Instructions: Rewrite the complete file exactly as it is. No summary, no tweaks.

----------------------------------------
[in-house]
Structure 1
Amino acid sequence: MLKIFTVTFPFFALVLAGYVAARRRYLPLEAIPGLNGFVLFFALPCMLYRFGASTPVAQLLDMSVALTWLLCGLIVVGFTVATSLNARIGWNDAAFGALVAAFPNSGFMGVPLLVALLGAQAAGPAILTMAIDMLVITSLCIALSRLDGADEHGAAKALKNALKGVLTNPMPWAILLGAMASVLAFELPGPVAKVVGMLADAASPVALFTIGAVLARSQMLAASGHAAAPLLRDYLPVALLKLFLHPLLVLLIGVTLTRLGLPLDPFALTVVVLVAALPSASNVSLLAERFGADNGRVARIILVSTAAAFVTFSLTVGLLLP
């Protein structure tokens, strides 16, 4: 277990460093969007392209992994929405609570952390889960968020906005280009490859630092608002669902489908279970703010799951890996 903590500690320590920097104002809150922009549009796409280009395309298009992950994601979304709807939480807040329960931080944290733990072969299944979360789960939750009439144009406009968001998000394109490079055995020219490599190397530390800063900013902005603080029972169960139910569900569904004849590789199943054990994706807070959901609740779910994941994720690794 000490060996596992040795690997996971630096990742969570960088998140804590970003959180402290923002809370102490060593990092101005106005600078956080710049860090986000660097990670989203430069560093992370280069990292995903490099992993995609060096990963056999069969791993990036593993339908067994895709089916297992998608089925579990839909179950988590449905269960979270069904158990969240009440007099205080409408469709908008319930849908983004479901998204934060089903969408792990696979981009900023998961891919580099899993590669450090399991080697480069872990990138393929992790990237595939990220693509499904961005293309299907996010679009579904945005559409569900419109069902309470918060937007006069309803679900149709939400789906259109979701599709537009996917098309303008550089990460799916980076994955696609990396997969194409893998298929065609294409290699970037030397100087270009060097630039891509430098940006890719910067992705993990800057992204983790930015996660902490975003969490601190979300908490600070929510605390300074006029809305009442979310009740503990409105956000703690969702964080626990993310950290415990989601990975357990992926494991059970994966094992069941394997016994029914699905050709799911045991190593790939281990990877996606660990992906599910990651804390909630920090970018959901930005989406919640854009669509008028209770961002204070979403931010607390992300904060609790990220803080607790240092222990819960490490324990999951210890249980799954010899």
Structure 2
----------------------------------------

[in-house]
Structure 1
Amino acid sequence: MLKIFTVTFPFFALVLAGYVAARRRYLPLEAIPGLNGFVLFFALPCMLYRFGASTPVAQLLDMSVALTWLLCGLIVVGFTVATSLNARIGWNDAAFGALVAAFPNSGFMGVPLLVALLGAQAAGPAILTMAIDMLVITSLCIALSRLDGADEHGAAKALKNALKGVLTNPMPWAILLGAMASVLAFELPGPVAKVVGMLADAASPVALFTIGAVLARSQMLAASGHAAAPLLRDYLPVALLKLFLHPLLVLLIGVTLTRLGLPLDPFALTVVVLVAALPSASNVSLLAERFGADNGRVARIILVSTAAAFVTFSLTVGLLLP
């Protein structure tokens, strides 16, 4: 277990460093969007392209992994929405609570952390889960968020906005280009490859630092608002669902489908279970703010799951890996 903590500690320590920097104002809150922009549009796409280009395309298009992950994601979304709807939480807040329960931080944290733990072969299944979360789960939750009439144009406009968001998000394109490079055995020219490599190397530390800063900013902005603080029972169960139910569900569904004849590789199943054990994706807070959901609740779910994941994720690794 000490060996596992040795690997996971630096990742969570960088998140804590970003959180402290923002809370102490060593990092101005106005600078956080710049860090986000660097990670989203430069560093992370280069990292995903490099992993995609060096990963056999069969791993990036593993339908067994895709089916297992998608089925579990839909179950988590449905269960979270069904158990969240009440007099205080409408469709908008319930849908983004479901998204934060089903969408792990696979981009900023998961891919580099899993590669450090399991080697480069872990990138393929992790990237595939990220693509499904961005293309299907996010679009579904945005559409569900419109069902309470918060937007006069309803679900149709939400789906259109979701599709537009996917098309303008550089990460799916980076994955696609990396997969194409893998298929065609294409290699970037030397100087270009060097630039891509430098940006890719910067992705993990800057992204983790930015996660902490975003969490601190979300908490600070929510605390300074006029809305009442979310009740503990409105956000703690969702964080626990993310950290415990989601990975357990992926494991059970994966094992069941394997016994029914699905050709799911045991190593790939281990990877996606660990992906599910990651804390909630920090970018959901930005989406919640854009669509008028209770961002204070979403931010607390992300904060609790990220803080607790240092222990819960490490324990999951210890249980799954010899």
Structure 2